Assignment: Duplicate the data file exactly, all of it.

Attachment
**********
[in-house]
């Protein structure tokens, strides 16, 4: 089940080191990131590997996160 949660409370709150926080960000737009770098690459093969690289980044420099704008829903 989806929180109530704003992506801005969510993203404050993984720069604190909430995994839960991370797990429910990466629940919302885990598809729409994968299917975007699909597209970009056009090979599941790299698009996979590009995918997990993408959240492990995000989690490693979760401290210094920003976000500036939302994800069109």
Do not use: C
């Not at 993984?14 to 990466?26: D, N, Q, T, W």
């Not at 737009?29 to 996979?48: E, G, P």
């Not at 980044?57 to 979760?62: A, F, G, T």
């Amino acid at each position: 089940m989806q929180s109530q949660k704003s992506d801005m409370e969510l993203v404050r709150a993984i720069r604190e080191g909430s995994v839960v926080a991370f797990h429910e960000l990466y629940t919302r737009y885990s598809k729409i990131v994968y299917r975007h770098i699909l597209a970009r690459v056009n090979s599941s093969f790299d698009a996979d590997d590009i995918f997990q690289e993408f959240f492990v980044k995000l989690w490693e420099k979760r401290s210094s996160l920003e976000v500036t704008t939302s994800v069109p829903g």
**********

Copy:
[in-house]
């Protein structure tokens, strides 16, 4: 089940080191990131590997996160 949660409370709150926080960000737009770098690459093969690289980044420099704008829903 989806929180109530704003992506801005969510993203404050993984720069604190909430995994839960991370797990429910990466629940919302885990598809729409994968299917975007699909597209970009056009090979599941790299698009996979590009995918997990993408959240492990995000989690490693979760401290210094920003976000500036939302994800069109």
Do not use: C
């Not at 993984?14 to 990466?26: D, N, Q, T, W």
């Not at 737009?29 to 996979?48: E, G, P």
């Not at 980044?57 to 979760?62: A, F, G, T």
């Amino acid at each position: 089940m989806q929180s109530q949660k704003s992506d801005m409370e969510l993203v404050r709150a993984i720069r604190e080191g909430s995994v839960v926080a991370f797990h429910e960000l990466y629940t919302r737009y885990s598809k729409i990131v994968y299917r975007h770098i699909l597209a970009r690459v056009n090979s599941s093969f790299d698009a996979d590997d590009i995918f997990q690289e993408f959240f492990v980044k995000l989690w490693e420099k979760r401290s210094s996160l920003e976000v500036t704008t939302s994800v069109p829903g």